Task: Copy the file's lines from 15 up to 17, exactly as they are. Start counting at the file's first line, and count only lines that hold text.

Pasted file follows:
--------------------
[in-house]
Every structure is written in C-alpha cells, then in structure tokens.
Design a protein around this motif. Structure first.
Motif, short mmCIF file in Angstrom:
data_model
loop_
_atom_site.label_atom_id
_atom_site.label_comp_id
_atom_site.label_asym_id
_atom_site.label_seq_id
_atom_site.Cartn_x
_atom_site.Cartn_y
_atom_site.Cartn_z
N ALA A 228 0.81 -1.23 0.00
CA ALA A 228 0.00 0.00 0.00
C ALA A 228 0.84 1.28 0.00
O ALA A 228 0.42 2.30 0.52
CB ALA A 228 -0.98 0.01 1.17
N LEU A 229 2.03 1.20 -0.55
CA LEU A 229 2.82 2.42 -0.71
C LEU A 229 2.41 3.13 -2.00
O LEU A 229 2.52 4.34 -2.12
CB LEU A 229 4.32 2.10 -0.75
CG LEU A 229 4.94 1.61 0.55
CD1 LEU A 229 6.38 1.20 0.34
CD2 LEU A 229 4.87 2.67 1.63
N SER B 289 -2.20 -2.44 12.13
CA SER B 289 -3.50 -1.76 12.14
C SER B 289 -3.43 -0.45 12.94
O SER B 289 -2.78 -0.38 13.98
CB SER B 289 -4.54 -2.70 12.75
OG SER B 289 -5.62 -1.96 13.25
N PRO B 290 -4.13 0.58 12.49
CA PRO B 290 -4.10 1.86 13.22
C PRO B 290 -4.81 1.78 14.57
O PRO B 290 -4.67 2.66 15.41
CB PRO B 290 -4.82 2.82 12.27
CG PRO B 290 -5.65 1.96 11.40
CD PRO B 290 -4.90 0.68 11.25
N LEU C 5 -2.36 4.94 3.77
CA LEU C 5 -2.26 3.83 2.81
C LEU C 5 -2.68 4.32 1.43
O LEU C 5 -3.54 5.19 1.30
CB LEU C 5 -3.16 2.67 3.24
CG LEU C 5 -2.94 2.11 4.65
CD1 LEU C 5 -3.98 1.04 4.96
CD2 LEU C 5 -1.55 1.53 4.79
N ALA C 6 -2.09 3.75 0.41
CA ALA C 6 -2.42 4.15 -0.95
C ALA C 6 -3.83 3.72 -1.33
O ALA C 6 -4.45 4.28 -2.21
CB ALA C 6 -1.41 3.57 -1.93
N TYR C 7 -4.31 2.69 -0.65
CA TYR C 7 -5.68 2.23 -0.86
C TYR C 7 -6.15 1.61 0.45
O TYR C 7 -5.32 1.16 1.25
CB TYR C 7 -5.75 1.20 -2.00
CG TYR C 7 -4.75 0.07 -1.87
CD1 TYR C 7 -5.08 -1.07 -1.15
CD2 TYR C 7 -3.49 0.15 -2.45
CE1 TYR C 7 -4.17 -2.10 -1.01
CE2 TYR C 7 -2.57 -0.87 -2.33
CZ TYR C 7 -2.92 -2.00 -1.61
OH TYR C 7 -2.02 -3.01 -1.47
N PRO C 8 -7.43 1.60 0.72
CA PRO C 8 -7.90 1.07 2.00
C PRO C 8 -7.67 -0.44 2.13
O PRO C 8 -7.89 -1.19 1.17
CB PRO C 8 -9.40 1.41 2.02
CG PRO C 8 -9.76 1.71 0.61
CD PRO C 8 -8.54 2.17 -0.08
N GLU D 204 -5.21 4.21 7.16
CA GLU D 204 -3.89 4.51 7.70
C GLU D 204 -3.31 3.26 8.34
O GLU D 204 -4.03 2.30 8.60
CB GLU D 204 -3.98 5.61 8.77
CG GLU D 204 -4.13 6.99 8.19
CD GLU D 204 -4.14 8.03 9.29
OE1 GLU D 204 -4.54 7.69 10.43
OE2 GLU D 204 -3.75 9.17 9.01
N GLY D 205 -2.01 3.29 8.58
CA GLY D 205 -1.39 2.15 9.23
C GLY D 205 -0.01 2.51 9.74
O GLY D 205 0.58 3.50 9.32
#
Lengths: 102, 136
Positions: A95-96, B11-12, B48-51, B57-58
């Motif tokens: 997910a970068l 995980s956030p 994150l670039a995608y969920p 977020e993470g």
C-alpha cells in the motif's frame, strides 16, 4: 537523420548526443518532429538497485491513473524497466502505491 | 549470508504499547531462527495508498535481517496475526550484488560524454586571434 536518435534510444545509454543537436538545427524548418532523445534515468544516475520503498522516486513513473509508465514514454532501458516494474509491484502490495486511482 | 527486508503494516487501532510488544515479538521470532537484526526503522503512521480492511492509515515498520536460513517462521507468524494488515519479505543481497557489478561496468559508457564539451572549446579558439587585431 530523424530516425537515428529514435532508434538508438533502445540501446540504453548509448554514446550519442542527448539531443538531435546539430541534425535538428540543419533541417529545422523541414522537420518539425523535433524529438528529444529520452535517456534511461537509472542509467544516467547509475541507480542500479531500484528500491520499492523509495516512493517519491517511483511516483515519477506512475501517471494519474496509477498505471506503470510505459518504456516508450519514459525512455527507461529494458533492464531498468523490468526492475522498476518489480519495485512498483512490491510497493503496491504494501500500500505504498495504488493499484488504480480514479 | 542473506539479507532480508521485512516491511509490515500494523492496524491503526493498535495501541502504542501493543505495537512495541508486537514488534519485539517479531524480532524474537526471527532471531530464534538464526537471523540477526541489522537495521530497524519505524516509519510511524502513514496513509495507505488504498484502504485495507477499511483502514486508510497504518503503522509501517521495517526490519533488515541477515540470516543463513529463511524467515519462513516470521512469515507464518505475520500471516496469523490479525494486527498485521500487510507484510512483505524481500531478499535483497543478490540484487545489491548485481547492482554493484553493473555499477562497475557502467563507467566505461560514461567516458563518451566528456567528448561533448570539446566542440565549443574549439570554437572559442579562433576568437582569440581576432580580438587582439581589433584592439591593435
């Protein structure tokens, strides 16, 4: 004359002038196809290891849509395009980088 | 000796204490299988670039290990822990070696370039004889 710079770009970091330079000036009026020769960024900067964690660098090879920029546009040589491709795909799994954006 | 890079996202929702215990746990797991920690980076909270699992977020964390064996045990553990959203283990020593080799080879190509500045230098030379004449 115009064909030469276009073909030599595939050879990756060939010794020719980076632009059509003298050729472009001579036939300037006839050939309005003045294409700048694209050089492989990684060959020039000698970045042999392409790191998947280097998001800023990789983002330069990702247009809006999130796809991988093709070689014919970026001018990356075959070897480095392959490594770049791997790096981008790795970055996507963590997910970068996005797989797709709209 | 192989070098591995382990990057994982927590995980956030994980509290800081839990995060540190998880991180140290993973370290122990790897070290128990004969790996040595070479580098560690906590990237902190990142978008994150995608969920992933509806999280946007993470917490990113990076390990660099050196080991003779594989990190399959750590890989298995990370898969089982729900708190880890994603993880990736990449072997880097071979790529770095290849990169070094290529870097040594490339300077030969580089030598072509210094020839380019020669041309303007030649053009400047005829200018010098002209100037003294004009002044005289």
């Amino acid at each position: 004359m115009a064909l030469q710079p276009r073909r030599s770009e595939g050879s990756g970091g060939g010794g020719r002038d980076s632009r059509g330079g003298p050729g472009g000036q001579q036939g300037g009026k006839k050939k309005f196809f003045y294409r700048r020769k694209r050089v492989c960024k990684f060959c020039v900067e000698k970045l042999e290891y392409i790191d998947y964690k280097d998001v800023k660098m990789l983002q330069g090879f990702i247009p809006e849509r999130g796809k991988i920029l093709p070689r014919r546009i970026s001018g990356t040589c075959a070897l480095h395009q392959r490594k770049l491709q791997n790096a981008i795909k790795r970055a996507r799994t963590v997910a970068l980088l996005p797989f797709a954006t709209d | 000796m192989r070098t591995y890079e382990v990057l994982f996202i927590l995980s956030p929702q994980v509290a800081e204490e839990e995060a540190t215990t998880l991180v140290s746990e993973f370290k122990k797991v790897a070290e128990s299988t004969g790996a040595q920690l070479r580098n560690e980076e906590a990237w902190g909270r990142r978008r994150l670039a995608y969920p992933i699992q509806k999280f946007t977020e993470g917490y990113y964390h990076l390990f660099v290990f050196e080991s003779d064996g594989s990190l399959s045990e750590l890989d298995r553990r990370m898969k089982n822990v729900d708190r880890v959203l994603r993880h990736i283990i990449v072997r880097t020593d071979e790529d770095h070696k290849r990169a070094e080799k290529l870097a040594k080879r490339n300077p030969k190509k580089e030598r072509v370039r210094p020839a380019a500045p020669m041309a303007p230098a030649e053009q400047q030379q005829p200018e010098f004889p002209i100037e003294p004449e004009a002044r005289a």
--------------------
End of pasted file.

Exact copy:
CA ALA A 228 0.00 0.00 0.00
C ALA A 228 0.84 1.28 0.00
O ALA A 228 0.42 2.30 0.52